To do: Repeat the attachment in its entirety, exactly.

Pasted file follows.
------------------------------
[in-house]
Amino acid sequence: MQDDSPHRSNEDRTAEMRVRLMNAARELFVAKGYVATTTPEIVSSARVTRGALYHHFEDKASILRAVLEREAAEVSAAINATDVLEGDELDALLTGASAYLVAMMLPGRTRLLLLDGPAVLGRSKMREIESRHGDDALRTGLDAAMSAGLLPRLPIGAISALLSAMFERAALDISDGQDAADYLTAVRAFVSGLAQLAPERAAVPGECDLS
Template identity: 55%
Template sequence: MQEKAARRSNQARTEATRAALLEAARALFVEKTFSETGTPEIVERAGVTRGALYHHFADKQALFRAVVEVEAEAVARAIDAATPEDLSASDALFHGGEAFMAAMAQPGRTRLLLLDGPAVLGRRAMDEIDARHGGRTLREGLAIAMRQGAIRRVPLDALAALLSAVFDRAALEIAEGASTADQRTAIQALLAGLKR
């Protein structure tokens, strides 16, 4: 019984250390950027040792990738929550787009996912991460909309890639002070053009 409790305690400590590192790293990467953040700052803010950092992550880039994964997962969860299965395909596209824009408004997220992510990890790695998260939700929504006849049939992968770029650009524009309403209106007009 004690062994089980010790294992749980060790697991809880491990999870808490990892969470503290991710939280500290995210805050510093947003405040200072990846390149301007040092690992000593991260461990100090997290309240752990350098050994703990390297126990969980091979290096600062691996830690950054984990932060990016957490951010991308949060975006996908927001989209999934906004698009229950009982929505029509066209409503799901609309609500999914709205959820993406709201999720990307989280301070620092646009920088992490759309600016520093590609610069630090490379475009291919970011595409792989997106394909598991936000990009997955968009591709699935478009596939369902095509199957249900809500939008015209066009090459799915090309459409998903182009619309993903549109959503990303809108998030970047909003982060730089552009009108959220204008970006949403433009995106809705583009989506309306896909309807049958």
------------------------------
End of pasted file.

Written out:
[in-house]
Amino acid sequence: MQDDSPHRSNEDRTAEMRVRLMNAARELFVAKGYVATTTPEIVSSARVTRGALYHHFEDKASILRAVLEREAAEVSAAINATDVLEGDELDALLTGASAYLVAMMLPGRTRLLLLDGPAVLGRSKMREIESRHGDDALRTGLDAAMSAGLLPRLPIGAISALLSAMFERAALDISDGQDAADYLTAVRAFVSGLAQLAPERAAVPGECDLS
Template identity: 55%
Template sequence: MQEKAARRSNQARTEATRAALLEAARALFVEKTFSETGTPEIVERAGVTRGALYHHFADKQALFRAVVEVEAEAVARAIDAATPEDLSASDALFHGGEAFMAAMAQPGRTRLLLLDGPAVLGRRAMDEIDARHGGRTLREGLAIAMRQGAIRRVPLDALAALLSAVFDRAALEIAEGASTADQRTAIQALLAGLKR
């Protein structure tokens, strides 16, 4: 019984250390950027040792990738929550787009996912991460909309890639002070053009 409790305690400590590192790293990467953040700052803010950092992550880039994964997962969860299965395909596209824009408004997220992510990890790695998260939700929504006849049939992968770029650009524009309403209106007009 004690062994089980010790294992749980060790697991809880491990999870808490990892969470503290991710939280500290995210805050510093947003405040200072990846390149301007040092690992000593991260461990100090997290309240752990350098050994703990390297126990969980091979290096600062691996830690950054984990932060990016957490951010991308949060975006996908927001989209999934906004698009229950009982929505029509066209409503799901609309609500999914709205959820993406709201999720990307989280301070620092646009920088992490759309600016520093590609610069630090490379475009291919970011595409792989997106394909598991936000990009997955968009591709699935478009596939369902095509199957249900809500939008015209066009090459799915090309459409998903182009619309993903549109959503990303809108998030970047909003982060730089552009009108959220204008970006949403433009995106809705583009989506309306896909309807049958």